How to Calculate Tangent Lines to Radius

By Robert Schrader
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In mathematical terms, a "tangent" line is a straight line which touches a curve at one and only one point. Tangents to circles are unique in that they form right angles with their corresponding circle's radius. Determining the equation of a line tangent to a function is usually a complicated process which involves calculus. In the case of circles, however, mathematicians have simplified the calculation by pre-deriving an equation to calculate the slope of a line tangent to the circle at a specific point. In others words, you need only find its equation.

Determine the slope of your tangent line using the (x,y) coordinates of the point where the line touches the circle. For circles, whose equations you write in the standard form of "x^2 + y^2 = r^2", where "r" is the circle's radius, you can represent the slope of a tangent line at any point with the equation "m = -(x/y)". If your circle's equation is "x^2 + y^2 = 100", and you want to find the slope of the tangent at "x = 6", plug "x" into the equation and solve for "y", then plug both coordinates into the equation to get your slope: "(6)^2 + y^2 = 100", or "36 + y^2 = 100". Therefore, "y^2 = 100 - 36 = 64", or "y = 8". The slope of your tangent at "x = 6" is therefore "-(6/8) = -3/4".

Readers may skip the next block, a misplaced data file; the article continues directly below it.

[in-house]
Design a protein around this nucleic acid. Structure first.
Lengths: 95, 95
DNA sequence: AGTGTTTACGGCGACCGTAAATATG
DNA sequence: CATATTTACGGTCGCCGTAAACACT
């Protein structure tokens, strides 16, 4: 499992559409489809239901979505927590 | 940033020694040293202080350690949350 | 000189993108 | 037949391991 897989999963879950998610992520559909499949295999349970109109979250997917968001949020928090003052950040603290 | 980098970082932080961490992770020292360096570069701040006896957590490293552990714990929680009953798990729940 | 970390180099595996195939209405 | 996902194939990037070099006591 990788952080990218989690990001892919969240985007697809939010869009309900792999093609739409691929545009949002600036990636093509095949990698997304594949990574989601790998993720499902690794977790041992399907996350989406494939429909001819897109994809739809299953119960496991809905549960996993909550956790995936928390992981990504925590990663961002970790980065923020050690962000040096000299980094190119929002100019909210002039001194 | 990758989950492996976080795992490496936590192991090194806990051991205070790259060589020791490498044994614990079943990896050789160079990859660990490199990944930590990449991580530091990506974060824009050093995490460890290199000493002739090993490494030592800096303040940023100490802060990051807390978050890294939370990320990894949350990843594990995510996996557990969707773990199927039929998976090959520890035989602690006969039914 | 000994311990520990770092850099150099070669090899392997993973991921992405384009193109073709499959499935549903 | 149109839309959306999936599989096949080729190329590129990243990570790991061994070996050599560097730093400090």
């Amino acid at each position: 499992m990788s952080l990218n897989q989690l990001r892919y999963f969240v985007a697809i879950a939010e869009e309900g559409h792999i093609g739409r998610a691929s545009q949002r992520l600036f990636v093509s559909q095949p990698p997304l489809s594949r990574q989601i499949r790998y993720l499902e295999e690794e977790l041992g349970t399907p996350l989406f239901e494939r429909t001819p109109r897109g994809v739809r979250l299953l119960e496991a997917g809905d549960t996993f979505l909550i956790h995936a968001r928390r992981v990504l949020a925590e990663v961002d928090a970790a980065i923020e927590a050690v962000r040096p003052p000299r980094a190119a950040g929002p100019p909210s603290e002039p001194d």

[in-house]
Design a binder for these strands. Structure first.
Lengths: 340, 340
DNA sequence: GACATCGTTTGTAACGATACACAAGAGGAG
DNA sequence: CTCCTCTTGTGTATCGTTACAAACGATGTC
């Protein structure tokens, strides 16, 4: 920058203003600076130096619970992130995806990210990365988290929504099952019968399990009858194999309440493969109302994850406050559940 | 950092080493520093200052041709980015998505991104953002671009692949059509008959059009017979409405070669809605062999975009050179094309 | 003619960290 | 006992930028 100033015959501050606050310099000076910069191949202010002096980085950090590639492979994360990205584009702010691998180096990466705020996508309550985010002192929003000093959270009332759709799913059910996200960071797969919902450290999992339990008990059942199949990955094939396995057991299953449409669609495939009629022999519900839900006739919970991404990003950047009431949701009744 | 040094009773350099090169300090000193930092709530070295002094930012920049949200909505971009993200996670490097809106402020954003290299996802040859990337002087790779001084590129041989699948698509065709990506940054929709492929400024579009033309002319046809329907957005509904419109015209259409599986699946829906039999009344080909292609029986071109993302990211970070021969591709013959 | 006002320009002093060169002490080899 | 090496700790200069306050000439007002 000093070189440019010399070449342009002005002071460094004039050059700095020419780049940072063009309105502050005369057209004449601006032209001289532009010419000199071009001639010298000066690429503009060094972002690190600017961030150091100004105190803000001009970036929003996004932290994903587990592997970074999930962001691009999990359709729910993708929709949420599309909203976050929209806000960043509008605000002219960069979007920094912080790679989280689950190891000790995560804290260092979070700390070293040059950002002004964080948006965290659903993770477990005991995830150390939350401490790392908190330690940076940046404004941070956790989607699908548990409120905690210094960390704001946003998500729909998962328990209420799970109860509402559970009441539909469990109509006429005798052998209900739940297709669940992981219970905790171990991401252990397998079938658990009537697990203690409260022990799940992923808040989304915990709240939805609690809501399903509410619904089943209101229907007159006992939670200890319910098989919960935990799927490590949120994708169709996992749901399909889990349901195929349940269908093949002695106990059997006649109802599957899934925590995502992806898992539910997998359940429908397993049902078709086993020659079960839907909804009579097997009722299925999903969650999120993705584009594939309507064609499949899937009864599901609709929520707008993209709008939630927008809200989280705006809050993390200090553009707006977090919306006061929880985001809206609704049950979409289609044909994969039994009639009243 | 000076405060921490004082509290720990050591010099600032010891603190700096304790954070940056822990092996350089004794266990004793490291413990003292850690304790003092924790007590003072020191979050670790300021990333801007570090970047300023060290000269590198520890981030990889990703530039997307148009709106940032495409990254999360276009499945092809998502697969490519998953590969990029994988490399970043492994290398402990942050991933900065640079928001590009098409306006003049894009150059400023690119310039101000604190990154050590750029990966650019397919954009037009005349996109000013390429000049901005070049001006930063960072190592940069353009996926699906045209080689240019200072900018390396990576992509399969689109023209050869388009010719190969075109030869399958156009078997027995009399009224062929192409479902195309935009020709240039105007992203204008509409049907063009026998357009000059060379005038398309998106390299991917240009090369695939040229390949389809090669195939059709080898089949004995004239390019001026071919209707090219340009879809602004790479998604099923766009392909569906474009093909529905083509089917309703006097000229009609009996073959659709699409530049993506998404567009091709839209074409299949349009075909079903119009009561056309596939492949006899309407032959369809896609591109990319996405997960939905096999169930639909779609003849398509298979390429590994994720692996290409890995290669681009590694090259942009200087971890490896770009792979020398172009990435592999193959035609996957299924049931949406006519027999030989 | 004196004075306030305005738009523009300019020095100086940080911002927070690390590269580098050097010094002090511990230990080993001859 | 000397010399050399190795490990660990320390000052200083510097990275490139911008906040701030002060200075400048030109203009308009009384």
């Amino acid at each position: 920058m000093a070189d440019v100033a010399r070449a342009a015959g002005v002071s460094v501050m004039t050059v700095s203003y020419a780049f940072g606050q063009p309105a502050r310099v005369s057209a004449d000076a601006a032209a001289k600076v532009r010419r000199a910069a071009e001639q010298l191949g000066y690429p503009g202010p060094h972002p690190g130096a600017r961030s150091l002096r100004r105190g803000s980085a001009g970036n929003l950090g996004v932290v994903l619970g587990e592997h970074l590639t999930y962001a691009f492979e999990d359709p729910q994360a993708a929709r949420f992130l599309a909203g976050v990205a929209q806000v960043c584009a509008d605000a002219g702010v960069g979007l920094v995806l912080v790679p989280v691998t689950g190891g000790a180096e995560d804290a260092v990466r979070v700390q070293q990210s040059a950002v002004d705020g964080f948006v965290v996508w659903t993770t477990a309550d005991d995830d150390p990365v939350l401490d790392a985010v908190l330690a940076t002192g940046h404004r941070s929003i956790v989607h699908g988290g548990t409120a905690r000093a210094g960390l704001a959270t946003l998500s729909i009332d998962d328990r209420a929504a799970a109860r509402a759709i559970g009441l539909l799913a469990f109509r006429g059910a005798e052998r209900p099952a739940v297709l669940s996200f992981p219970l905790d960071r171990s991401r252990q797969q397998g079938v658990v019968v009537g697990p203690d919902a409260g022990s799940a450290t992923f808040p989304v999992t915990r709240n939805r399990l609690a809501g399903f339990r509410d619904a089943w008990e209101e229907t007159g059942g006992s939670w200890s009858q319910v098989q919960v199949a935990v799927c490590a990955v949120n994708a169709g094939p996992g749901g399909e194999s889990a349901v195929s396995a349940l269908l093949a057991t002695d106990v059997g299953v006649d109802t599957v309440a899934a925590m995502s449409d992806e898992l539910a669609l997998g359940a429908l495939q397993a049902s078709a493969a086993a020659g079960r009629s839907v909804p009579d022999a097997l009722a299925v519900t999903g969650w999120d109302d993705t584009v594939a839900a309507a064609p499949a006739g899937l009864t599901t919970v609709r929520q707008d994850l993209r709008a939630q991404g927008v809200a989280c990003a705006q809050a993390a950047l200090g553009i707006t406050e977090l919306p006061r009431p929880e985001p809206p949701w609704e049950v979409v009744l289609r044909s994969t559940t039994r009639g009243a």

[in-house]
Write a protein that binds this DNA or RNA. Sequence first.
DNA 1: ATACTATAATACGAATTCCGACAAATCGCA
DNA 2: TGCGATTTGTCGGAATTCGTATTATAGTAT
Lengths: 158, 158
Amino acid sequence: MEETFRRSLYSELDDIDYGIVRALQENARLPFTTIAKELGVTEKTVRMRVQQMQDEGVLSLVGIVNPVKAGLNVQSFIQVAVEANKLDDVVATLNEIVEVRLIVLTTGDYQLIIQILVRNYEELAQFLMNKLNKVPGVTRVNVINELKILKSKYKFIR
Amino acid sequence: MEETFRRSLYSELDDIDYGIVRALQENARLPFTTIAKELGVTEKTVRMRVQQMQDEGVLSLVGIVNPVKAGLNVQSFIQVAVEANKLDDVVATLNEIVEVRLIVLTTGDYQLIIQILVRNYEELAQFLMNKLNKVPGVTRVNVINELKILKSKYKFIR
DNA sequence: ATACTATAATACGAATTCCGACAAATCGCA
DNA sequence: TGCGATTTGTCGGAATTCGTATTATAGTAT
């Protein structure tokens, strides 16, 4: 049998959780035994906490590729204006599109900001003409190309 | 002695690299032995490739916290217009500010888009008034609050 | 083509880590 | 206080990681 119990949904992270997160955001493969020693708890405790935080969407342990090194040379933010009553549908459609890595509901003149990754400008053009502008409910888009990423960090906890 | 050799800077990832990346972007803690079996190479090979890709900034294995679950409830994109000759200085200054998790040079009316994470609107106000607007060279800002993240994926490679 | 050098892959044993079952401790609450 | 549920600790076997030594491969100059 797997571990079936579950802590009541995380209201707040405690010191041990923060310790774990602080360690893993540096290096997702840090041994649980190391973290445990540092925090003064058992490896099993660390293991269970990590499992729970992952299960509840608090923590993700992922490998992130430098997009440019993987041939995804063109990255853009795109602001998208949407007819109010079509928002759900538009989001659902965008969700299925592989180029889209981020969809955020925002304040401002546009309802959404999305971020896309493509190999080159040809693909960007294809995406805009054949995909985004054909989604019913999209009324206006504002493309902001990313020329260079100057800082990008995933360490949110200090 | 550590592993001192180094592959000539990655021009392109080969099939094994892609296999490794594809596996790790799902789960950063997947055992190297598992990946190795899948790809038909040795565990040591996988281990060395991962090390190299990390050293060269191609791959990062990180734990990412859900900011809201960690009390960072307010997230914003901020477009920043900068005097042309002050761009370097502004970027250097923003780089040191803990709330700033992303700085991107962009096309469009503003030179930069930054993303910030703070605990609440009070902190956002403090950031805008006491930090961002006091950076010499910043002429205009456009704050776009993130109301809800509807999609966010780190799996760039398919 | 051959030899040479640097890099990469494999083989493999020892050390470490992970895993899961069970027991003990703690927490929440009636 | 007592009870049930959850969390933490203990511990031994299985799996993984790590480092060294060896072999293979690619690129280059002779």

Plug your slope and coordinates into the equation "m = (y - y0)/(x - x0)", where "m" is your slope, and "y0" and "x0" are the coordinates you used to arrive at it. For the example circle, this would be "-3/4 = (y - 8)/(x - 6)".

Simplify your equation so it exists in the form "y = mx + b". For the example equation, do this as follows: "-3/4(x - 6) = [(y - 8)/(x - 6)](x - 6)"; or "-3/4x + 18/4 = y - 8, and -3/4x + 18/4 + 8 = y - 8 + 8", so "y = -3/4x + 18/4 + 8 = -3/4x + 18/4 + [8*(4/4)] = -3/4x + 18/4 + 32/4 = -3/4x + 50/4 = -3/4x + 12.5". The equation of the line tangent to the circle "x^2 + y^2 = 100" at the point (6,8) is therefore "y = -3/4x + 12.5".

About the Author

Robert Schrader is a writer, photographer, world traveler and creator of the award-winning blog Leave Your Daily Hell. When he's not out globetrotting, you can find him in beautiful Austin, TX, where he lives with his partner.